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Snedden, David

David Snedden - 1938
The author discusses and interprets several issues with elementary school eduction.

David Snedden - 1936
The purpose of this article is to describe certain improvements in American education which the writer believes to be both desirable and practicable.

David Snedden - 1935
Education needs to be more dynamically aware of the factors and forces which operate in our complex, industrial civilization. It needs to have a more definite program for developing that degree of social literacy which a modern industrial nation must possess if it is to take the democratic, rather than the dictatorial, route to the solution of its problems.

David Snedden - 1935
AMERICAN educators who make public addresses and write papers for popular journals seem still to be romantics rather than realists whenever they talk about teachers. As habitual promoters, they seldom think it expedient to face present-day realities in the teaching personnel as it now is, but prefer rather to idealize the "teaching profession" as it is hoped that it will yet be. As a consequence these philosophizing educators, speaking incessantly about a romanticized abstraction called the teacher, are rarely able or willing realistically to plan for or even consider a variety of relatively inescapable conditions determining the natural qualities and the working potentialities of the personnel available for service in our gigantic system of publicly supported education.

David Snedden - 1935
It is the author’s belief that a variety of social pressures have been developing in the United States in recent years which tend to have two effects: first, to discourage generally the early development of that class of workers whom the older economists called entrepreneurs, and who are in this paper referred to as enterprisers; and second, especially to quench the aspirations of those potential enterprisers who combine superior abilities for business leadership with sensitive desires for public approval—that is, the more altruistic kinds of leaders in large economic enterprises.

David Snedden - 1934
A discussion of topics of vocational education.

David Snedden - 1934
WE hear and read much these days about the increasing amounts of voluntary leisure time which are becoming available to Americans. On all hands, too, we encounter aspirations calling for more purposive educations designed to increase the "wise use of leisure." But comprehensive and carefully studied programs for such educations are as yet very few and very tentative.

David Snedden - 1933
THE great majority of the learnings acquired by human beings from birth to maturity are nearly costless, either to themselves, to their parents, or to the state.

David Snedden - 1933
These comments have been offered by Professor Snedden as a contribution to invited discussion of an address delivered by Professor Rexford G. Tugwell of Columbia University at Teachers College and since published in Teachers College Record for November, 1932.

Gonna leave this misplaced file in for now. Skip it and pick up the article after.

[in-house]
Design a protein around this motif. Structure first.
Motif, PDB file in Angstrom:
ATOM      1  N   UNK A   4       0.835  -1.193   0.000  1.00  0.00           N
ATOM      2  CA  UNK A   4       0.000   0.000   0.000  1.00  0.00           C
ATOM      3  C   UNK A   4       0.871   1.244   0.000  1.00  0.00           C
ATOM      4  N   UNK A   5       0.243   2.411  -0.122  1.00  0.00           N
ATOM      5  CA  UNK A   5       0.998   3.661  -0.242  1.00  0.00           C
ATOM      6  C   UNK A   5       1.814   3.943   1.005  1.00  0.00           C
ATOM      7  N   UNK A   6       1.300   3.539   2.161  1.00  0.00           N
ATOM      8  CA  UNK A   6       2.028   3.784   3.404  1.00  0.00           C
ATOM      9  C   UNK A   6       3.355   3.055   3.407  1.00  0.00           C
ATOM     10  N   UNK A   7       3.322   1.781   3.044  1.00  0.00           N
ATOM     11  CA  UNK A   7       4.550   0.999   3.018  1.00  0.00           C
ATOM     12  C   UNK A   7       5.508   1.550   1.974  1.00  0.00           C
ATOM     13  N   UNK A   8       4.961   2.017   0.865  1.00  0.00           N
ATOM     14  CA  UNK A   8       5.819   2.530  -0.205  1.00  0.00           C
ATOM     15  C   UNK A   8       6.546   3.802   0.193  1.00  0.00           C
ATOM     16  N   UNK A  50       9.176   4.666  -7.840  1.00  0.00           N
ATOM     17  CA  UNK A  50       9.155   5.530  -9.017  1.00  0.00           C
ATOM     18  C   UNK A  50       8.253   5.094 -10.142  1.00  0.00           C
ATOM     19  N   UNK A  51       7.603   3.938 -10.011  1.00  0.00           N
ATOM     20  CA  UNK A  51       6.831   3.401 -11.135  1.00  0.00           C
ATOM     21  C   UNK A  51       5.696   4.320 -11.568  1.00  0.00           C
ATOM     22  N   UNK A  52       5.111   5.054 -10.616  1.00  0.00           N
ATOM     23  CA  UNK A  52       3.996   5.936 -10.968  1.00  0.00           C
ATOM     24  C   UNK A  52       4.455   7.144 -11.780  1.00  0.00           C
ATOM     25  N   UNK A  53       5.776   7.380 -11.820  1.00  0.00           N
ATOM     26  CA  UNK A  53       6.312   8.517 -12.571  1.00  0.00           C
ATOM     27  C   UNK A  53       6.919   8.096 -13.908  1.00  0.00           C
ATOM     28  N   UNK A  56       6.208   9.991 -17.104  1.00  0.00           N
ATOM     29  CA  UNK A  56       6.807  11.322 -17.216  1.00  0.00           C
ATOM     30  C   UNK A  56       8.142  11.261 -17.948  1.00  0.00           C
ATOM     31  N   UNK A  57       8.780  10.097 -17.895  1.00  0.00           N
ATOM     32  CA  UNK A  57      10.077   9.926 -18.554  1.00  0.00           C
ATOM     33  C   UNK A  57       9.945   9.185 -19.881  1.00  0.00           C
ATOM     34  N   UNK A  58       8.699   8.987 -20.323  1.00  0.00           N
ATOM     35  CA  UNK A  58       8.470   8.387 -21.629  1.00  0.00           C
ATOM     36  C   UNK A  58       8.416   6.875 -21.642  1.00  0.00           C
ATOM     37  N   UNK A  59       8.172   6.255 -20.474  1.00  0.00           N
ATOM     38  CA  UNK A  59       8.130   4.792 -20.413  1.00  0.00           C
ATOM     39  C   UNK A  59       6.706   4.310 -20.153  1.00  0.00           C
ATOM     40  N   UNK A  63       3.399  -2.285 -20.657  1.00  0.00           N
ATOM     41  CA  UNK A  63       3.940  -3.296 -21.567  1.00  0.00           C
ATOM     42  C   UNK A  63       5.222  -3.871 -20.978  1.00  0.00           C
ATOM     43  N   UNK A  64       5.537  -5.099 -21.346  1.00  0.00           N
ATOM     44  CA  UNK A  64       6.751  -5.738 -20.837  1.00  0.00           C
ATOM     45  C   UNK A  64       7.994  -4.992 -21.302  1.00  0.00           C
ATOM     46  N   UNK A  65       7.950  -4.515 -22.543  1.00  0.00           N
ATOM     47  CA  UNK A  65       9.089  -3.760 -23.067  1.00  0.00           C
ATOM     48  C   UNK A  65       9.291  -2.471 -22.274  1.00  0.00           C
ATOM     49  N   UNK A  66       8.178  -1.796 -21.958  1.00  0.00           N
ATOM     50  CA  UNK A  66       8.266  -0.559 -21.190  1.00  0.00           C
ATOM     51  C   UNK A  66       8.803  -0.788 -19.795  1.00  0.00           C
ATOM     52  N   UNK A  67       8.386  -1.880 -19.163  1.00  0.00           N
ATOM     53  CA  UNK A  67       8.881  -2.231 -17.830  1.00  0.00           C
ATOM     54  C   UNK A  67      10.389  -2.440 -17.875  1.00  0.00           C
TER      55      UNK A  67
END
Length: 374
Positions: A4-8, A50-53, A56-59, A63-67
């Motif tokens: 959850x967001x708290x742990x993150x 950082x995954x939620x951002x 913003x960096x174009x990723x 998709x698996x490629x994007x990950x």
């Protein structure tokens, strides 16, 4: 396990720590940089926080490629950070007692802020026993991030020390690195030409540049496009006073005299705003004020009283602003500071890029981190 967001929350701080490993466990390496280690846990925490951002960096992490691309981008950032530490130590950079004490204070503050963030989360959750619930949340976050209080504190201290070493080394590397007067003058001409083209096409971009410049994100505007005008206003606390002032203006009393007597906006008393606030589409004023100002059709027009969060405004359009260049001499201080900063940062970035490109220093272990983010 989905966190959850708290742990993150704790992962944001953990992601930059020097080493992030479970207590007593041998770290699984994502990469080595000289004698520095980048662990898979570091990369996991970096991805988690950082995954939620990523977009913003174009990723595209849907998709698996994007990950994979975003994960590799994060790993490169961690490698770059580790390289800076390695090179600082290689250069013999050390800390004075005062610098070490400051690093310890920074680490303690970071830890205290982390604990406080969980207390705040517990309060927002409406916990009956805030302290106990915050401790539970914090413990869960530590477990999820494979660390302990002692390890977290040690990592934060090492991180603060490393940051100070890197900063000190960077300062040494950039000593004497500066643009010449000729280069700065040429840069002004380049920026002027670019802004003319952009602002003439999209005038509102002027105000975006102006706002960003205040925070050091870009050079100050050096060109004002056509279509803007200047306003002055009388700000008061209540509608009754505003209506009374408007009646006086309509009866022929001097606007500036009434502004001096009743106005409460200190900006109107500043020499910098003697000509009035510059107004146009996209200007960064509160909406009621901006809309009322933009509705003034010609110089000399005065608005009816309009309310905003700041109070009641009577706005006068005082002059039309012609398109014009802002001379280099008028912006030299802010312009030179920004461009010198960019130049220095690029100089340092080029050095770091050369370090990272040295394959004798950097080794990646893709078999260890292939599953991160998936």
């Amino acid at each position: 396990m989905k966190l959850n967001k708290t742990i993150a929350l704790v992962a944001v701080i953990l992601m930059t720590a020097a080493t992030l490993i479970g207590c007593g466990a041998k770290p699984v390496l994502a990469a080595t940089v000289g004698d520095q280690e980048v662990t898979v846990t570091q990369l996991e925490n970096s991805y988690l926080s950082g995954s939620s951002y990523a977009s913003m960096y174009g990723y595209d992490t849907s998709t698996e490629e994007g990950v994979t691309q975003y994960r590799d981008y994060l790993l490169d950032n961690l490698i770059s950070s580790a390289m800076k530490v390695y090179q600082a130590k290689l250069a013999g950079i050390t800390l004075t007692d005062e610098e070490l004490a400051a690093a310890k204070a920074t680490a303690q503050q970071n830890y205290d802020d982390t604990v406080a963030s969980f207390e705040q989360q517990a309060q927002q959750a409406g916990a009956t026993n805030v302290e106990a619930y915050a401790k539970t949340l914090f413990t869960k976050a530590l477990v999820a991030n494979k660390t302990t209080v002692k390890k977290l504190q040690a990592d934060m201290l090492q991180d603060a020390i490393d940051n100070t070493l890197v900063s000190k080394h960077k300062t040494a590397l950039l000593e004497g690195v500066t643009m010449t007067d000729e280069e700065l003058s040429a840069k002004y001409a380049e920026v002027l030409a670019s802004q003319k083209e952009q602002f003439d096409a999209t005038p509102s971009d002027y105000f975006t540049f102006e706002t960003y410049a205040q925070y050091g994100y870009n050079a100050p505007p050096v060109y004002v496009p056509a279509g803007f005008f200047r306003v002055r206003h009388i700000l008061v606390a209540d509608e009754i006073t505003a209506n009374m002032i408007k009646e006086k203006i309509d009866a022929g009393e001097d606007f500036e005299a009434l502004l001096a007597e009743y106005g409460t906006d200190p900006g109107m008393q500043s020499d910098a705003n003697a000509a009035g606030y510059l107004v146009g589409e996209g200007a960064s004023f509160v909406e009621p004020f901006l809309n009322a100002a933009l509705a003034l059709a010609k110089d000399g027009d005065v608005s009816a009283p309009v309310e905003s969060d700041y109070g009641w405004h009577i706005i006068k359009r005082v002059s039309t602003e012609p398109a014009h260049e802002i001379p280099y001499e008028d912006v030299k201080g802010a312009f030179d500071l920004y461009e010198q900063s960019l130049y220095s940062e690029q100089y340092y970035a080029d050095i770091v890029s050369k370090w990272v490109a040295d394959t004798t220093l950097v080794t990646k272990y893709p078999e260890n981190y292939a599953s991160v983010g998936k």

David Snedden - 1932
If the republicanism of politic institutions is to function under our more involved social conditions, new and far more direct forms of civic education must be evolved to prepare citizens for their shares of the new responsibilities.

David Snedden - 1932
Present tendencies towards high-flown if not romantic interpretations of the purposes and possible scopes of education seem to be persuading increasing numbers of persons that "teaching” is a highly esoteric and difficult art, if not one of the "mysteries,” as conceived by mediaeval minds.

David Snedden - 1931
THREE major ideas are discussed in some detail in this paper: a) Mass-production methods are essential in efficient and economical education, as they are in economic production, in national defense production, in knowledge diffusion production, and in other fields where millions of utilizers urgently demand much of the goods of life.

David Snedden - 1931
HAS the American John Doe of 1931 "culture"? Opinions expressed by critics who specialize in the study of one or another phase of cultural output or appreciation—literary, musical, mannered, philosophical, and other varieties—seem to differ "widely.

David Snedden - 1930
Some recent writers on educational philosophy have made the fairly natural inferences, first, that as societies become increasingly complex the roles of the individuals composing such societies will also become proportionately involved and even bewildering; and, second, that in proportion as entire civilizations or at least certain vital divisions or factors within them become more dynamic the persons affected will find it necessary in scores of ways more strenuously to exert, and more self-consciously to allocate, themselves if they are to escape cruel maladjustment or destruction. It is the purpose of this paper to suggest that under many conditions these inferences may be completely wrong.

David Snedden - 1930
The adage "Be not the first by whom the new is tried" makes little appeal to progressive American educators. The last few years have witnessed mushroom-like growths of "the social studies." We even find programs of social studies for kindergarten schools. But the very wealth of materials available in the social studies makes it probable that most of them will at first be used sentimentally and fruitlessly in school educations.